This Sunday, the last of the graduation ceremonies in the Tri-City area will take place when Almont, Dryden and Imlay City hand out diplomas to the Class of 2021. Capac gave their seniors a grand farewell in mid-May.

In a similar fashion to 2020, this year’s graduates and their families have a lot to reflect on, particularly how things looked and felt different from normal but this time, for an entire school year. Just about everyone’s senior year of high school is marked by well known traditions and some of those were lost or overshadowed by challenges that have come from changing schedules, shortened sports opportunities or the cancellation of trips or club events.

What the Class of 2021 has had is a front row seat to a shift in how education is delivered. It remains to be seen what changes will be temporary or permanent but everyone likely views “the classroom” a bit differently than before the pandemic. How these seniors accepted virtual instruction or the shift between in-person and online learning, coupled with the prospect of more online learning at the college level will likely shape their post-graduation plans. According to a survey conducted in the fall of 2020 by Third Way and New America, 32 percent of high school seniors in the United States said that the pandemic made them less likely to enroll in college and 70 percent of those surveyed believed that higher education “wasn’t worth the cost to students anymore” compared to 49 percent of college students overall. The authors of the survey concluded that high school seniors are more “disillusioned” than their peers already in college. Observers believe that this shift could spur many changes like real efforts to make a college education more affordable.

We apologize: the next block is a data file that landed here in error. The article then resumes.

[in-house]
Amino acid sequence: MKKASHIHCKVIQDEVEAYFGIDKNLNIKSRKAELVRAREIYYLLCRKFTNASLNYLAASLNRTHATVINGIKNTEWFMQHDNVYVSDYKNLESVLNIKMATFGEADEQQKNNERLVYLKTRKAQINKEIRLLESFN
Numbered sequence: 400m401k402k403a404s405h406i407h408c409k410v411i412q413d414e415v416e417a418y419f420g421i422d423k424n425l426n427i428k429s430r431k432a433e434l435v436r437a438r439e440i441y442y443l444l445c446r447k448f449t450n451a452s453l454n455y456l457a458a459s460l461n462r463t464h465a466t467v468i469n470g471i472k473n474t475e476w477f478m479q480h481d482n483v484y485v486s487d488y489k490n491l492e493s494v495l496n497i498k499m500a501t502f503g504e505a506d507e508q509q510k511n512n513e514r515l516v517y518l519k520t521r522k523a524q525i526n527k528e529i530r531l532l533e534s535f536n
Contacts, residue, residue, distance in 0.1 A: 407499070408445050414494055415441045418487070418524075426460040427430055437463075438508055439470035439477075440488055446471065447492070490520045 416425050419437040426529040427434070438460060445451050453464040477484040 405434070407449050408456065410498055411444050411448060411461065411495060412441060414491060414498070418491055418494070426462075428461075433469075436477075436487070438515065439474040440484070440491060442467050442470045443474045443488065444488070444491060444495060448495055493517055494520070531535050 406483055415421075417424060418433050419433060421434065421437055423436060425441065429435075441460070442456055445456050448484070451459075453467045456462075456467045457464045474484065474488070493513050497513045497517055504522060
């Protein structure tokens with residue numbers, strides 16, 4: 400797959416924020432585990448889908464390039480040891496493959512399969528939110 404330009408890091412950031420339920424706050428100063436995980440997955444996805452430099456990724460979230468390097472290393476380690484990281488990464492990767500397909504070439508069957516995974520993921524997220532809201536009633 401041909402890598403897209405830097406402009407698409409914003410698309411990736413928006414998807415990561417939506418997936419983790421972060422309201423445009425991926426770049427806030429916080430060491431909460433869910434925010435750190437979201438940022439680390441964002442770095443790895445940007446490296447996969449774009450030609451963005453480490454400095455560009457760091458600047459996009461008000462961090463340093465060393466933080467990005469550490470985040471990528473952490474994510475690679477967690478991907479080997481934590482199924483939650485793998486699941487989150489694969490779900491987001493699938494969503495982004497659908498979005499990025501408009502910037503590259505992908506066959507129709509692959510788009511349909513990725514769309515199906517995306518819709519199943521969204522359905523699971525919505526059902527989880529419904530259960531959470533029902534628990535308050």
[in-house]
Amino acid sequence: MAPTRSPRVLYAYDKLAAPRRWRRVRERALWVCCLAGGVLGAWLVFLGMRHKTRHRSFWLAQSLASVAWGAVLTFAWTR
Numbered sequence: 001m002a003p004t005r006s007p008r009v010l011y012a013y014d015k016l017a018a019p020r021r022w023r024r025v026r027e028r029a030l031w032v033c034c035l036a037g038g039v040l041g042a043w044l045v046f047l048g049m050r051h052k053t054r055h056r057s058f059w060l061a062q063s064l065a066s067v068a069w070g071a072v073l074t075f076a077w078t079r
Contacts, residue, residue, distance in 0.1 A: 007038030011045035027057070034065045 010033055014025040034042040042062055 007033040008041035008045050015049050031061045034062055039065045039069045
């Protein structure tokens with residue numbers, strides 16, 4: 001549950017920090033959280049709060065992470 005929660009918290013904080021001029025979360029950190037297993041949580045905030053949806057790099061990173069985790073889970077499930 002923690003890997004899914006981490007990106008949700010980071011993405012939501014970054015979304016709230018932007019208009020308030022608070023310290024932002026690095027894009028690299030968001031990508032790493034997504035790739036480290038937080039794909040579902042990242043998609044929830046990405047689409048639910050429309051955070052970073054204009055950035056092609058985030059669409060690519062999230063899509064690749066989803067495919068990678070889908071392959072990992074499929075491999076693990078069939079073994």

The pandemic has also spurred a shift in the way our society views careers too. In the past year we started regularly referring to doctors, nurses, aides and hospital staff as “health care heroes.” It’s been great to see several of our area Top Ten graduates indicate their interest in one of those fields, including public health. There’s been much discussion over what an “essential worker” is in the last 12-plus months and that’s undoubtedly influenced seniors’ plans for the future too. Perhaps the constant debates about public policy and the pandemic have spurred others to consider public service or political science.

Whatever the case may be for Tri-City area seniors, we know they’ll move on to accomplish great things. It’s only fair to acknowledge that the Class of 2021 has faced some real challenges but we trust that they have the potential to find their own way forward and contribute to making our world more resilient.